Iwi call for halt to landfill consent process

Hundreds walked through Auckland streets to protest against the landfill proposal.

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Community leaders and kaumatua are calling for Auckland Council to halt the resource consent process for the proposed landfill in the Dome Valley.

Kaumatua Mikaera Miru says that if Waste Management is granted resource consent for the landfill, his hapu will occupy the land to prevent its construction.

“There will be no landfill,” Mikaera says.

He was addressing hundreds of protestors from community groups and iwi, who were taking part in a hikoi in downtown Auckland last Friday (July 17).

“It’s people who hold the Council to account. That’s what we are doing today.”

He and Ngati Whatua’s Dame Naida Glavish emphasised that a rahui had been placed on the Hoteo River.

They said the rahui was legally binding according to the Resource Management Act.

Ngati Manuhiri acting chief executive Nicola McDonald said that iwi were calling for a halt to the resource consent application process.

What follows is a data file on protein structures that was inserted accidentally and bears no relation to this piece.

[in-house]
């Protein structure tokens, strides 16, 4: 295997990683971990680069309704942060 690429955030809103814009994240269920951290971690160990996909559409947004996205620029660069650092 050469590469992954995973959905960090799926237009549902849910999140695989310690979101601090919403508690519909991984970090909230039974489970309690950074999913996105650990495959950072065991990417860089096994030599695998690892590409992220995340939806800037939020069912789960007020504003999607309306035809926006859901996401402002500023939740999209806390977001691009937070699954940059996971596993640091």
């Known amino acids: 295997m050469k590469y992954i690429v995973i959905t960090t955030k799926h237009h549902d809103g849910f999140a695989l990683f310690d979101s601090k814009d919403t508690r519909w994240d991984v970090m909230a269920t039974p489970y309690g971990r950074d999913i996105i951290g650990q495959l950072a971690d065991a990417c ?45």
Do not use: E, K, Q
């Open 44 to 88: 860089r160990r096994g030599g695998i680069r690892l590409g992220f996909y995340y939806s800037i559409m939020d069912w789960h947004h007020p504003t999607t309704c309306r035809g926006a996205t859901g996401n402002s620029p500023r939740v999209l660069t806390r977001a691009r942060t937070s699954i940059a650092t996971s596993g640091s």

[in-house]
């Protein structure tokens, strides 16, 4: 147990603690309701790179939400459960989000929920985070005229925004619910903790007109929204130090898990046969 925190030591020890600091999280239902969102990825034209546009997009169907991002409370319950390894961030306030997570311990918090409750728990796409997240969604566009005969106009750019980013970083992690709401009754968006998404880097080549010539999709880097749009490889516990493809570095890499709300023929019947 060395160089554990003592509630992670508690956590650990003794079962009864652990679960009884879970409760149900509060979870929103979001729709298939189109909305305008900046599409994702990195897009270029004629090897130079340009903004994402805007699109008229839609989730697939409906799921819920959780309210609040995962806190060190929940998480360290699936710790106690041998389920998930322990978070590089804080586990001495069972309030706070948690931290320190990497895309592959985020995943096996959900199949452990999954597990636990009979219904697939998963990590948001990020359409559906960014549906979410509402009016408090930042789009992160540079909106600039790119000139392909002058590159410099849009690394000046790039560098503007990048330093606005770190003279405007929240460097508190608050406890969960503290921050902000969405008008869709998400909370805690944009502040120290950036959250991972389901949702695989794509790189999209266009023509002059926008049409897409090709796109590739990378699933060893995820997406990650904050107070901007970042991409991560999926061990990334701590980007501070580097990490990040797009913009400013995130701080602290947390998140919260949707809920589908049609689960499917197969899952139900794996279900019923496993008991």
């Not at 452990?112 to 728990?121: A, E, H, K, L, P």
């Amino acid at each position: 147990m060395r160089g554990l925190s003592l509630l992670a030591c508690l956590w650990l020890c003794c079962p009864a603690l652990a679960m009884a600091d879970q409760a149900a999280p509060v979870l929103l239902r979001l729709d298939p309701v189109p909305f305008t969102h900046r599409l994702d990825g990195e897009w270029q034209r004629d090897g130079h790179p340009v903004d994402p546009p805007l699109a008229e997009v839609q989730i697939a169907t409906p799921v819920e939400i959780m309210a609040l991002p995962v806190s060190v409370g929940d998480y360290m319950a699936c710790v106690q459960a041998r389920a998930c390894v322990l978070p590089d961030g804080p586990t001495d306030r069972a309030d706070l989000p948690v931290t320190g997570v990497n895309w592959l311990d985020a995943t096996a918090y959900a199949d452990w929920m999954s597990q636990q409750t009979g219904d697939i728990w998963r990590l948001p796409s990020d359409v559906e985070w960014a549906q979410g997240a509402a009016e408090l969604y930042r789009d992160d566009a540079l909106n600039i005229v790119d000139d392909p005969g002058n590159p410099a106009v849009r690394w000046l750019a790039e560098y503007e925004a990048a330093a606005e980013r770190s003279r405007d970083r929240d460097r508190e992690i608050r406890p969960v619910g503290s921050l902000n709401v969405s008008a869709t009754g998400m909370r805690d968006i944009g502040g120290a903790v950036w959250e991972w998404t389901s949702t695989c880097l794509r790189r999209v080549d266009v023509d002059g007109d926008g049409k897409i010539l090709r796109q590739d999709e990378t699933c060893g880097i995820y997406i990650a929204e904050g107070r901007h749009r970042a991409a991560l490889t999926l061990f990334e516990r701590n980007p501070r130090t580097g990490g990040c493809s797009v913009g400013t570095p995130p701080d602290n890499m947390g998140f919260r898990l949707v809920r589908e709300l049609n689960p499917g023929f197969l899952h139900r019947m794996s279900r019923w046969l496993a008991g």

“The overwhelming feeling of the community and mana whenua is that it shouldn’t happen,” she said.

“Let’s not waste ratepayers’ money on independent committees, especially in light of the recent rates increase. Aucklanders are saying ‘no’.”

Kaumatua Ben Hita travelled from the Waikaretu Marae at Pouto Point to join in the protest.

“Anything to do with the Kaipara, I have to be there. I am probably the oldest resident on the Kaipara,” he said.

Mr Hita was part of a campaign that successfully stopped the construction of energy turbines at the mouth of the Kaipara Harbour by bringing a petition to Wellington in 2012.

“I hope we don’t have to take the landfill protest that far, but we are prepared to.

“From my people’s perspective on the Kaipara, if they don’t stop, neither will we.”

Auckland deputy mayor Bill Cashmore was met with jeers when he told protestors that the landfill consent application was a legal, not political, process.

He said the petition would be ‘a key’ consideration of the independent commissioners and assured protestors their voice had been heard.

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